Decision of the Complaints Committee 08064-18 Gordon v Sunday World
Summary of Complaint
1. John Gordon complained to the Independent Press Standards Organisation that the Sunday World breached Clause 1 (Accuracy) and Clause 2 (Privacy) of the Editors ‘Code of Practice in an article headlined “HUMILIATED & TERRIFIED” published on 23 December 2018.
2. The article reported on an attack against members of a security firm as they attempted to evict tenants from a farm in the Republic of Ireland. It said that a gang ambushed the men, and the owner of the firm – named as Ian Gordon – had a gun put to his head, as the gang shot his Alsatian security dog. The article said that when a reporter went to Mr Gordon’s house – the driveway of which it described as being “filled with expensive 4x4 vehicles and work vans” – his wife said that her husband would not be coming to the door as “he doesn’t want to talk about it”. The article reported the general geographic area of the complainant’s home. The article then went on to give details of Mr Gordon’s security firm, saying that it carried out work quoted as being work which “nobody else will touch”, including removing material from two unnamed controversial bonfire sites in East Belfast the previous July.
3. The complainant, the man named in the article as Ian Gordon, said that the article contained several inaccuracies. He said that he had not carried out the clearing of bonfire sites in East Belfast, and this was a damaging and contentious claim. During the course of the complaint, the complainant provided two letters from Belfast City Council. The first said that no contract was issued to the complainant’s company to clear bonfire material at a named location in Belfast last July. The second letter said that the complainant’s company had not undertaken any work for Belfast City Council within the last three years.
4. The complainant also said that it was inaccurate to report that his dog was an Alsatian, and was shot. He said that the dog was not an Alsatian, and was in fact badly beaten and had to be put down. He said that he could provide an autopsy report from the vet to show this. He said that it was not true that his wife had told the reporter that “he doesn’t want to talk about it”. Instead, he said that she told the reporter “We don’t want to talk to you, please leave”. He also said that it was inaccurate to report neighbours’ claims that he was in “a state of shock” – he had not spoken to any neighbours and he disputed that they would have had any knowledge of his wellbeing. He also said that it was misleading to state that his driveway was “filled with expensive 4x4 vehicles” as some of these belonged to family and workmen.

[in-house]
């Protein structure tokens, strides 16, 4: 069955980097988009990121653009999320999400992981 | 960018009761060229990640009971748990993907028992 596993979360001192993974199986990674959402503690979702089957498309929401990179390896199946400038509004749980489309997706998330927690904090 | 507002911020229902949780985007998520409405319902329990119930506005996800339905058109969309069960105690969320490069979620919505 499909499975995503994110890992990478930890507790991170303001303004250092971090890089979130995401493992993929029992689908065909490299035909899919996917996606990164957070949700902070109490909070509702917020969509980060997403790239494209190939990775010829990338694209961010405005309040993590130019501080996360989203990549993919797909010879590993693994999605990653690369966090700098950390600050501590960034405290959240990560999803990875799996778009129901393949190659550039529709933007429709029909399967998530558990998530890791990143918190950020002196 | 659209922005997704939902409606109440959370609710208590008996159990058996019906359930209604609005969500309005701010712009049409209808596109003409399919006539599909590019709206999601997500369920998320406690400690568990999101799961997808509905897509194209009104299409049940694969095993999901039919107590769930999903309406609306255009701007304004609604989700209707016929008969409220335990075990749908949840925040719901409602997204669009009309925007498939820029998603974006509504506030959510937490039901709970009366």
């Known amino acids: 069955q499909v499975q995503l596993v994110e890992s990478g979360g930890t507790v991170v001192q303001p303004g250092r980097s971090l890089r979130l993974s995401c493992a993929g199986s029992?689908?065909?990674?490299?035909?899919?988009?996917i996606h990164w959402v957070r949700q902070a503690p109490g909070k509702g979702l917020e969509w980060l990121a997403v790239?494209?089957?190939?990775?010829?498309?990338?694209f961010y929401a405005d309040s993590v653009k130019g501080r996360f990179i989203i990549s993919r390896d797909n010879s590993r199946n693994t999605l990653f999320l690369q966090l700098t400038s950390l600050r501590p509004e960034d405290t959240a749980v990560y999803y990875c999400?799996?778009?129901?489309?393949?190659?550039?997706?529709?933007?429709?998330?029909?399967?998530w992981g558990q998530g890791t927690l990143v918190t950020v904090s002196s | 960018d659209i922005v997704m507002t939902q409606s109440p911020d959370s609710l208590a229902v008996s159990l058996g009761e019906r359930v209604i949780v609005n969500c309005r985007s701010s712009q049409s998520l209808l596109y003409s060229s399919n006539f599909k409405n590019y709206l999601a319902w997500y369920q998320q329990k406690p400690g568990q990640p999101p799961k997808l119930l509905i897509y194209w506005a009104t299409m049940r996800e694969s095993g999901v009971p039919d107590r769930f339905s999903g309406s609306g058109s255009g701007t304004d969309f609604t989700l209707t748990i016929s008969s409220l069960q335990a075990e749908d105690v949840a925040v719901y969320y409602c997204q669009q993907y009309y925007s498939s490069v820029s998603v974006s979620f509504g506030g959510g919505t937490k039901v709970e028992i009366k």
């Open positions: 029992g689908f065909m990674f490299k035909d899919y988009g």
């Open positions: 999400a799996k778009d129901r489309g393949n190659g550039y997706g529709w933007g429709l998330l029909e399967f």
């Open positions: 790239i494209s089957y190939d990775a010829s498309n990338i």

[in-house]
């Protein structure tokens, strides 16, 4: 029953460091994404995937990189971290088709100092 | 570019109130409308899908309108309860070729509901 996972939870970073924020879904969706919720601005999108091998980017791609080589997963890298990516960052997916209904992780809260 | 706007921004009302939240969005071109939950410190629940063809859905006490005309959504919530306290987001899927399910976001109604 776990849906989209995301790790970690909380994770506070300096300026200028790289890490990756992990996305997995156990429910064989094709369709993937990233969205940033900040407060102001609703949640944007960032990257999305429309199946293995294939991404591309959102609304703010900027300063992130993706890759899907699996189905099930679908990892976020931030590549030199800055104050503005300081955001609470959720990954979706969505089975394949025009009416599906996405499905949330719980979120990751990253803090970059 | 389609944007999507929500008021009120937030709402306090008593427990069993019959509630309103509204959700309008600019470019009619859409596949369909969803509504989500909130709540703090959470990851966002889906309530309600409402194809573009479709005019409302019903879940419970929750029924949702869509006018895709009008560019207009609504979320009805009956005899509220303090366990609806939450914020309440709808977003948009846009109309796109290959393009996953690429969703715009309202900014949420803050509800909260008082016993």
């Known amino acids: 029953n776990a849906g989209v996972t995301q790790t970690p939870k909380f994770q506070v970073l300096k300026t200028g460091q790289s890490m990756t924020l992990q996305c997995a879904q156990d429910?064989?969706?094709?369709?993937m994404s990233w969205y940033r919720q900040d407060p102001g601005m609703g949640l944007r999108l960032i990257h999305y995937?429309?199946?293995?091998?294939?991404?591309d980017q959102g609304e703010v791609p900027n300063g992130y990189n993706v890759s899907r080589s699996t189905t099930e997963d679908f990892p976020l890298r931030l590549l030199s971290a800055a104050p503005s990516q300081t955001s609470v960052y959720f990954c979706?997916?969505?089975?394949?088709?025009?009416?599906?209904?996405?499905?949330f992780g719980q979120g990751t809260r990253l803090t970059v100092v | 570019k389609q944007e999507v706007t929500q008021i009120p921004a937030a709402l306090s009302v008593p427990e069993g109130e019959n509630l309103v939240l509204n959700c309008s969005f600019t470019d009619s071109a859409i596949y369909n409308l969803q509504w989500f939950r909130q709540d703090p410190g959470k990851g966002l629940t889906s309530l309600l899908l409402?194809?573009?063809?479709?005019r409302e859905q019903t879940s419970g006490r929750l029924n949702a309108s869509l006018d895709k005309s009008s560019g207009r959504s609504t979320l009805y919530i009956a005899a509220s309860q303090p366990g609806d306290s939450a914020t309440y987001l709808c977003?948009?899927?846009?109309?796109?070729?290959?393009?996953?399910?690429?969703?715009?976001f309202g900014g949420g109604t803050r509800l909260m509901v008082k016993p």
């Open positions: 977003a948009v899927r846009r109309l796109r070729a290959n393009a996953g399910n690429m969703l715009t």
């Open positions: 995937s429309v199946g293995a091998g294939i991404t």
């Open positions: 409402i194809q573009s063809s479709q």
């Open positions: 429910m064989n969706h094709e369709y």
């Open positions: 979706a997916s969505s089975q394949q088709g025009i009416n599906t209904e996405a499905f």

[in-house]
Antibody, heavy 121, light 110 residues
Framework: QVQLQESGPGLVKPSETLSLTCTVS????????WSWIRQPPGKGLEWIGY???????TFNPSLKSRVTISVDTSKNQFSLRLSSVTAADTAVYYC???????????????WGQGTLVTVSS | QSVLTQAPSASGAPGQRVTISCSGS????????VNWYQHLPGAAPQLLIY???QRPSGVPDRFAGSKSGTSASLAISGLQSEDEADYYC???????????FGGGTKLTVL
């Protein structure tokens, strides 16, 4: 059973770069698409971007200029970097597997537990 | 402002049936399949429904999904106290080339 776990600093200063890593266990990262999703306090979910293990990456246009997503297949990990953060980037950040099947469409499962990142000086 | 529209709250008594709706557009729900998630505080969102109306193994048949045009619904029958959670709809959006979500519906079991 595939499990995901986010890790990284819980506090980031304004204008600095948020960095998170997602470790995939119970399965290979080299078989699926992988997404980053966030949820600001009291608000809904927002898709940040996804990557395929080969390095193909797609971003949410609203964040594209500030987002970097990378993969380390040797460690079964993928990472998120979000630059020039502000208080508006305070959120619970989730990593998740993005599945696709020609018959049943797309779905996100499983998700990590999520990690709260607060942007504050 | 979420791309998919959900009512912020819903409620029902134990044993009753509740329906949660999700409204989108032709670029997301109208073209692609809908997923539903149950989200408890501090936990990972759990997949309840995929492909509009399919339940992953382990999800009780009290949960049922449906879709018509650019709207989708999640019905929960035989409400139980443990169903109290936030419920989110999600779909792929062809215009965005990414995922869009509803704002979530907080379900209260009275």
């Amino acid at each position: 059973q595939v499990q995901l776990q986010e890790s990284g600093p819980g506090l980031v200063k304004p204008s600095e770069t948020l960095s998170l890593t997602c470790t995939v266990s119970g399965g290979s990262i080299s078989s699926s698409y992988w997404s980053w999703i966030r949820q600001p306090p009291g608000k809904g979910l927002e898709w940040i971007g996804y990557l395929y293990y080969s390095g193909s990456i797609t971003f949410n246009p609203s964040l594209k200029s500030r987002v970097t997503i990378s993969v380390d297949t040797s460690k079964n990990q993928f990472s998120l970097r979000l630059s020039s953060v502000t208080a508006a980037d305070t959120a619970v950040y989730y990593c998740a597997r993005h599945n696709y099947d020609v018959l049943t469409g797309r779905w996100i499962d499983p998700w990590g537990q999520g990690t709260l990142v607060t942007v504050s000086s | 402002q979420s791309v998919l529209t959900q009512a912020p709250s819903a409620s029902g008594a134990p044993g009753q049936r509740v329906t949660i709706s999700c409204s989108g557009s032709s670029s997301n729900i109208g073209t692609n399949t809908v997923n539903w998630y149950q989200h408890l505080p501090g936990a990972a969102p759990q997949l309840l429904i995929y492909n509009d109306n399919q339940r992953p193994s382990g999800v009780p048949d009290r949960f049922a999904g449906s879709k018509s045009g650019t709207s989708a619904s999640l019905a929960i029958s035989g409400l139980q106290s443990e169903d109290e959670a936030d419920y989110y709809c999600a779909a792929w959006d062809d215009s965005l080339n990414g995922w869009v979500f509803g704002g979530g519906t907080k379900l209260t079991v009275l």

5. The complainant said that including reporting the general location of his home intruded into his privacy in breach of Clause 2 (Privacy), and added to the threat against him and his family.
6. The publication did not accept that it was significantly misleading to refer to the dog which died as an Alsatian – it said that from the photograph published in the article, the dog looked like an Alsatian, and in any event, the breed was not relevant to the overall story. The publication said that it spoke to three sources who said that the dog had been shot – it was not in dispute that the dog died as result of a brutal attack. However, it accepted that it did not have access to any vet records or an autopsy report, and so was willing to put the complainant’s position on the record on this point. It proposed a correction which read:
“We published an article on 23 December 2018 headlined “HUMILIATED & TERRIFIED” which reported on the recent attack on [name] and Ian Gordon. Our article stated that Mr Gordon’s dog had been shot during the attack – we have now been informed by Mr Gordon that, in fact, his dog was badly beaten and sadly had to be put down following the attack. We apologise to Mr Gordon for any confusion.”
7. The publication did not accept that it was inaccurate to state that the complainant had been involved in clearing bonfire sites in East Belfast the previous July. It said that this information had been provided by a number of reliable and well-informed sources – although it had an obligation to protect these confidential sources, it said that one was from the political sphere, and the other was a former colleague of the complainant. It said that the information included in the first letter provided by the complainant was meaningless as the article did not make any claim as to the complainant’s involvement at the site named in this letter, furthermore, it was possible that the council did not issue formal contracts at all for the bonfire clearing. In response to the second letter, the publication said that it was willing to put the complainant’s position on record. Within 2 weeks of being provided with this letter, it amended its previous offer of correction to read as follows: